“Apart from being one of South Africa’s most respected producers of world-class wines, La Motte Wine Estate whose viticulture was established on the farm with the planting of 4 000 vines in 1752 is enjoying an exceptionally beautiful setting in South Africa’s Cape wine-lands. Moreoverit excels in offering its visitors an experience that goes far beyond wine. Its historical charm, its stylish offering in the enjoyment of wine, cuisine and the arts, and above all, its people’s warm spirit of sharing, set this Estate apart as a wine tourism destination – truly in a class of its own!” Hein concludes his tour with us, as we entered La Motte Museum, where he handed us over to the Curator as he had to rush to another scheduled appointment after spending 3 hours with us.
To round up our inspiration, after enjoying Pierneef’s fine art work we concluded our trip with a shopping Spree with a Difference. This is where we further enjoyed browsing through the La Motte Farm shop, a quaint country shop with fascinating selection of farm-baking and take-home reminders like aprons, Classical Music Collection of the owner and inspiring books like the biography of Dr. Rupert. We were also told that, in season, fresh produce and flowers such as disas, grown on the estate, can be purchased, while one enjoys a cup of tea in the surrounding garden, rewinding a wow experience of La Motte.
So why La Motte and what is the future?
“Our extremely distressed and indigent country would take a gargantuan effort if it was to replicate Franschhoek or Stellenbosch in the Mountains of Lesotho, though with sound research methods and land policy, dedicated intelligentsia, and willing labour force. We can convince Foreign Direct Investment from the same Cape Wine-lands to first consider contract farming with us, package, market and brand, and then distribute our majestic produce. However I have learned that an earnest and staid cash flow commitment must be made. It shall not be easy, but if approached correctly, time could be shortened, especially if sacrifices and discipline could be made by Basotho themselves. However how do we introduce the concept to our people? That is where the media fits in, and that is why you are here!” The Minister of Forestry and Land Reclamation commended while leaving La Motte Wine Estate.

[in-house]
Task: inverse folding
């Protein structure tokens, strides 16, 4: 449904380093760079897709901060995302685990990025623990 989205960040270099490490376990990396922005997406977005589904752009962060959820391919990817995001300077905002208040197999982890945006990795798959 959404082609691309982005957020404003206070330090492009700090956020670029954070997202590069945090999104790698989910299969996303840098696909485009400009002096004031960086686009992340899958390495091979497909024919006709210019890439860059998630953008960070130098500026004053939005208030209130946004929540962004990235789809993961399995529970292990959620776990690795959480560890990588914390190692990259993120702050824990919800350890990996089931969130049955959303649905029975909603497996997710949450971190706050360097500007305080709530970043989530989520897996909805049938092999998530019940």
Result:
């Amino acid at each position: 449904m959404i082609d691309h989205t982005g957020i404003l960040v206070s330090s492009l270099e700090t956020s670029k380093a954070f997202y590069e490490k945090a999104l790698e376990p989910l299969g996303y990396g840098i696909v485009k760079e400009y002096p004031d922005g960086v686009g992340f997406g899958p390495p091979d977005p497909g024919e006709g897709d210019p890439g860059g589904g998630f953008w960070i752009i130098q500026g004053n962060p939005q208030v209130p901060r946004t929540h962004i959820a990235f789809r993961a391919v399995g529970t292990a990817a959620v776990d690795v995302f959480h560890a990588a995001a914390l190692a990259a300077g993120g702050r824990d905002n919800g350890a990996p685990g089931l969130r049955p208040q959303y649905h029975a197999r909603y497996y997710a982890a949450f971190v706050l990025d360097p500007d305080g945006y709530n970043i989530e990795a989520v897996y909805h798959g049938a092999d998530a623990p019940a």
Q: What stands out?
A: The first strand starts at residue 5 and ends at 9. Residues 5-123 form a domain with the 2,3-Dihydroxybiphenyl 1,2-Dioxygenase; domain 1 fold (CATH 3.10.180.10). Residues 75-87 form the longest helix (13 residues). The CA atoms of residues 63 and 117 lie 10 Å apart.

What to write home about!
- La Motte exports its wine to more than 40 countries
- It is listed amongst 30 top wines in South Africa
- Its CEO travels 115 days around the globe per annum doing serious marketing and administration in overseas ventures
- It supplements its grape supply from contracted farmers all over Western Cape, a South African Province with more than 10,000 plant species, good soil and temperatures.
- La Motte has more than one million sales reps in China, 700 of which were awarded an incentive to holiday in Cape Town this year, after bringing R 340 million turnover from China alone last year.
- Last year 2.8 million bottles were exported to India
- The company enjoys about 35% of the SA export market, where its sister distribution company sells other SA brands abroad.
- La Motte produces only 3000 bottles of its most exclusive wine Hanneli R and this wine is sold to only three buyers in the world.
- Next year’s harvest has influence in what you shall sell in three years’ time in case of red wine.
La Motte Wine Estate is situated on the R45 regional road just outside the town of Franschhoek.
GPS co-ordinates: Latitude 33 degrees 53’0.91” S; Longitude 19 degrees 4’21.57” E.
Inquiries: La Motte Wine Estate, P.O. Box 685, Franschhoek 7690, South Africa.
T +27 (0)21 876 8000 F +27 (0)21 876 3446 E firstname.lastname@example.org www.la-motte.com
For more information please visit www.la-motte.com or call +27 (0)21 876 8000.
Picture gallery (click on picture to enlarge)